Up until this day in 2001, Nepal's King Birendra was the only Hindu king in the world, a man beloved by his subjects for presiding over that nation's constitutional monarchy with grace, patience, and wit. That all came to a sudden end, however, when his useless, fat-faced son - the sullen Party Boy Prince Dippy, as the press called him - went bonkers, unloading a couple clips of ammo into King Birendra and seven other royal family members, including the Queen and his own brothers and sisters, before turning the gun on himself. In a shocking twist, as he lay in hospital, brain dead, Prince Dippy was crowned King of Nepal in accordance with the laws of the land. Sparing the mountain nation the indignity of having a mass murderer as the head of its royal family, Prince Dippy graciously succumbed to his wounds later that same day. At this point, Gyanendra, brother of slain King Birendra, was crowned King just in time to preside over the funerals of over a half-dozen of his family members.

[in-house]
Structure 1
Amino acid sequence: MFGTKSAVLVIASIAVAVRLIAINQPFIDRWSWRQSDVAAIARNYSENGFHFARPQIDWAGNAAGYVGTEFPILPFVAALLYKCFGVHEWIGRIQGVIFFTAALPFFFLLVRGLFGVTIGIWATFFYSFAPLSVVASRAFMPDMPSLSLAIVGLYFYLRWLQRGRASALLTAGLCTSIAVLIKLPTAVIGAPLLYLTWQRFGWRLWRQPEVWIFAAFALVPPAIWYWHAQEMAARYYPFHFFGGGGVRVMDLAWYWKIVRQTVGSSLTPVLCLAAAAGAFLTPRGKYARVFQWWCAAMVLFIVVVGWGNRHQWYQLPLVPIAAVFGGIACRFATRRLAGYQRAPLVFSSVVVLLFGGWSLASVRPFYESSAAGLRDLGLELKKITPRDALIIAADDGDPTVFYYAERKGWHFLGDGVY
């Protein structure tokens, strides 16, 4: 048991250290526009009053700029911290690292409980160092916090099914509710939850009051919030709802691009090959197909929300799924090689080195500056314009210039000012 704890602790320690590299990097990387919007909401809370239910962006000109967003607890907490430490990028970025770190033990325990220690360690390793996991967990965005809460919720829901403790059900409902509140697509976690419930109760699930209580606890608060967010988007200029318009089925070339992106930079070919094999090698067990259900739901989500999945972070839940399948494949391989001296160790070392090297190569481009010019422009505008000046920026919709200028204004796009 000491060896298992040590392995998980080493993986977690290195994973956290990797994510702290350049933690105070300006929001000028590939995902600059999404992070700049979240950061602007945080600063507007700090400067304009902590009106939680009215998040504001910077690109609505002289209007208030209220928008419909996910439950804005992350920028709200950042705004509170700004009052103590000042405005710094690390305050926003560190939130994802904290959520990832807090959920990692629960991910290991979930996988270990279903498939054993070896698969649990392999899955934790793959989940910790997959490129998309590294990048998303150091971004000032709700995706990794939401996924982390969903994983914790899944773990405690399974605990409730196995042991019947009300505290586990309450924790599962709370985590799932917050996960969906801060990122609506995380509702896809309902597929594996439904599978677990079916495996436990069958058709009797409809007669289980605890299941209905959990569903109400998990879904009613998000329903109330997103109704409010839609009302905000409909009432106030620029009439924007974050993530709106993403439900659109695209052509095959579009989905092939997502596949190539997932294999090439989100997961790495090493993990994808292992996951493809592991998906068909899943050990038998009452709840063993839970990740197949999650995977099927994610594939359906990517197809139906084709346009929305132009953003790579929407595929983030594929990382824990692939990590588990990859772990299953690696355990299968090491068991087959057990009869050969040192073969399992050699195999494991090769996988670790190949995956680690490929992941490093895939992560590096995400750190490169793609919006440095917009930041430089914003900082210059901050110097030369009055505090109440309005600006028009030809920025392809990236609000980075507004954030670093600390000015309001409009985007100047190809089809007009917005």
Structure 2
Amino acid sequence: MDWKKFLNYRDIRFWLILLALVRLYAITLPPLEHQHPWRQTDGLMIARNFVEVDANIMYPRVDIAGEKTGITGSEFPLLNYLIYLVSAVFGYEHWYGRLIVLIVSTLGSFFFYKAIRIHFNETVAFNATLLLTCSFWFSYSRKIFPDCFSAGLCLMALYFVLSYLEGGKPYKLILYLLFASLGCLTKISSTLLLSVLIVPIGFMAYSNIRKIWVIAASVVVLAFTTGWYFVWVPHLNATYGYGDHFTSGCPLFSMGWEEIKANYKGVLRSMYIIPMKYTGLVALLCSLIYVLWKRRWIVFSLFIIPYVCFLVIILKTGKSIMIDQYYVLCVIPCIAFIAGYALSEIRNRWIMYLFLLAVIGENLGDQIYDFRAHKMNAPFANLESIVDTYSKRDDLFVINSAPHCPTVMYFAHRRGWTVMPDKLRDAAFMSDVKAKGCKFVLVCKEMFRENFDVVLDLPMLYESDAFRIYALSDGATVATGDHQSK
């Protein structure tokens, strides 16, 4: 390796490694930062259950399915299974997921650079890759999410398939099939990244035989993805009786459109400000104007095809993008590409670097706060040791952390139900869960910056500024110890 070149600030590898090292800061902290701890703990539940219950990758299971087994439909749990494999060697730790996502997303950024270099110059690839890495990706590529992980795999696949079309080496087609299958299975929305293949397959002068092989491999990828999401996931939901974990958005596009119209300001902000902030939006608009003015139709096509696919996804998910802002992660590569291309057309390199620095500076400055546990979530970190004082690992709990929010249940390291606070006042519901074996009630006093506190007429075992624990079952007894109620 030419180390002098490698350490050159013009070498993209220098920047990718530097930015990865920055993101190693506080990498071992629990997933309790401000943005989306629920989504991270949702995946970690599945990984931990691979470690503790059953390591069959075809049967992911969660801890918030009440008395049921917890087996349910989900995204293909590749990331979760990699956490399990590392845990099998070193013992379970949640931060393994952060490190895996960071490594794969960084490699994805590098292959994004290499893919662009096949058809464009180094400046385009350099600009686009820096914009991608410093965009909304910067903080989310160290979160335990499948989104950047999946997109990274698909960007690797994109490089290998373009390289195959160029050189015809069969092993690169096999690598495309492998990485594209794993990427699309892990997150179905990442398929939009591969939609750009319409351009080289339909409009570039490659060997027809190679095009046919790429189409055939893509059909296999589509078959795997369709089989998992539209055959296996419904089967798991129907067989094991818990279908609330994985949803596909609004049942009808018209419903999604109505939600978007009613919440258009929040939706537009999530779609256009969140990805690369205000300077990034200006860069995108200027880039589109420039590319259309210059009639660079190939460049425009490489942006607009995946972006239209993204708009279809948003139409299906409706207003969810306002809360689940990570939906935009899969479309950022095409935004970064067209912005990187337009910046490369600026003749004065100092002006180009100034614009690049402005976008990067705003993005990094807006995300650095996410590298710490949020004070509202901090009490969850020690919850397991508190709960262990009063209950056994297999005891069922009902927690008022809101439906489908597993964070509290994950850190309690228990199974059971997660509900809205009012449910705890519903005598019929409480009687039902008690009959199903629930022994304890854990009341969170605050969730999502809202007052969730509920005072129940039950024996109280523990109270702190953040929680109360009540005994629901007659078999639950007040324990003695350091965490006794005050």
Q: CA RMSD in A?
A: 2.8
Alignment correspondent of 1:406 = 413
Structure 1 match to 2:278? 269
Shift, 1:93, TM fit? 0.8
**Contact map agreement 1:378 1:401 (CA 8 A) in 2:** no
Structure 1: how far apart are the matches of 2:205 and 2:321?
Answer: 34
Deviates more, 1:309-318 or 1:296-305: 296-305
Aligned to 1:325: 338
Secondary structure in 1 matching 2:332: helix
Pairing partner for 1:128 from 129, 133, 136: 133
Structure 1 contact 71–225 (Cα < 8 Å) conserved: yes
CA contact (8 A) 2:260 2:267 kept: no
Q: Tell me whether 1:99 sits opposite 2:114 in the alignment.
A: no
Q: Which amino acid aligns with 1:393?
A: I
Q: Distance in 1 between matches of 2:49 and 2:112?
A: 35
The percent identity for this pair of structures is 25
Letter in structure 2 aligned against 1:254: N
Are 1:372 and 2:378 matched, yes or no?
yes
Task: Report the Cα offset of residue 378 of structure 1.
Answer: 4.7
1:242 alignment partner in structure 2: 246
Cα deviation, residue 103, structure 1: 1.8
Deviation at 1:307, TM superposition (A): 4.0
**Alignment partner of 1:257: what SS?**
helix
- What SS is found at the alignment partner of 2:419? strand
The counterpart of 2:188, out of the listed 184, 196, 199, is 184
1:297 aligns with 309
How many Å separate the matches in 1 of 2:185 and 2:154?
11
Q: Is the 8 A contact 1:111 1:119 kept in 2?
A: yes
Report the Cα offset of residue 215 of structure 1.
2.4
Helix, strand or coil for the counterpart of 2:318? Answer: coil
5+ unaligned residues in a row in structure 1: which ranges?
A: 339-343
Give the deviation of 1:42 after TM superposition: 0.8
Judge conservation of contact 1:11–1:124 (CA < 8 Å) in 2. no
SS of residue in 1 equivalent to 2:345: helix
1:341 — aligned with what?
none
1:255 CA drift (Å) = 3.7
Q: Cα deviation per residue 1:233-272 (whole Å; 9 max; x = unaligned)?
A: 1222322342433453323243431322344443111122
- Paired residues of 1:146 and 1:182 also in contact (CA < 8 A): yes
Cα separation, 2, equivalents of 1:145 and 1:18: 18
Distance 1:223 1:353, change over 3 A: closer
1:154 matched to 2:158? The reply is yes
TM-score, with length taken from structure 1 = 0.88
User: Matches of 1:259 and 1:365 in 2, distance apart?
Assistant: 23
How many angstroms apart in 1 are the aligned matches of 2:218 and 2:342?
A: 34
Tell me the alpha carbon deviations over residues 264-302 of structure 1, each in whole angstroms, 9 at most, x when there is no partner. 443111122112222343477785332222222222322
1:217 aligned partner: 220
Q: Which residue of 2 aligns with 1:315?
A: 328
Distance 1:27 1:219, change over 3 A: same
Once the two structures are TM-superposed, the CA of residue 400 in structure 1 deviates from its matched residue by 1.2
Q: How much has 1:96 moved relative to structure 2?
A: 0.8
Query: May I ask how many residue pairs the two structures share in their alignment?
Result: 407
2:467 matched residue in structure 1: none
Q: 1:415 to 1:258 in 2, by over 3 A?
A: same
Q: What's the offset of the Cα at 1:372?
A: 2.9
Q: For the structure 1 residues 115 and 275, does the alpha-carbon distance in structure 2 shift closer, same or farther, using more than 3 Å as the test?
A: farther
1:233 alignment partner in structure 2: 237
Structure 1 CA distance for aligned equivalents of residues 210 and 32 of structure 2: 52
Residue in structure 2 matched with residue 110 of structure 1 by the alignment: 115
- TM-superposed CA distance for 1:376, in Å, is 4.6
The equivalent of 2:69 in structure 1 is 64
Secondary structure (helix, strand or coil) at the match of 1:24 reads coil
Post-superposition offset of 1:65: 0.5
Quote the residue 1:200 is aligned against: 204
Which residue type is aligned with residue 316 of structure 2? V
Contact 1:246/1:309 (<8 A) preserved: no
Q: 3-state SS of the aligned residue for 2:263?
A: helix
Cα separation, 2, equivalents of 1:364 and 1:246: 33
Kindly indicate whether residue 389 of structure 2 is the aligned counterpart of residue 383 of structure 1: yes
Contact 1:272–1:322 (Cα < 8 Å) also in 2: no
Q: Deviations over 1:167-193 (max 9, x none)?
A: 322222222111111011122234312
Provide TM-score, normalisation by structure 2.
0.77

Tuesday, May 29, 2012


On this day in 1431, in Rouen, France, shortly after being captured by Burgundian troops in the English-occupied French region then known as Compiègne, the virgin-warrior "Maid of Orleans", Joan of Arc, is burned at the stake as a heretic. She was only 19 years old, but in the two years that she'd led a devoted army of rugged warriors to numerous impressive victories in the name of the Charles Dauphin (whom she lived to see crowned King of France), she had managed to transform the Hundred Years War into a religious war, terrifying superstitious English soldiers and inspiring French warriors to the point of fanaticism... which made her brutal execution all the more devastating to her many devoted admirers. Twenty-five years after her execution, an Inquisitorial court authorized by Pope Callixtus III examined the trial, pronounced her innocent and declared her a martyr. Joan was beatified in 1909, and canonized in 1920... Saint Joan, Patron Saint of France. Some modern historians think Joan fell prey to a plot by the very King Charles she'd helped to crown, because he wanted to make a deal with the Burgundians while she favored destroying them, militarily. It's impossible to know for sure at this point, but it does make for one hell of a story, that's for sure.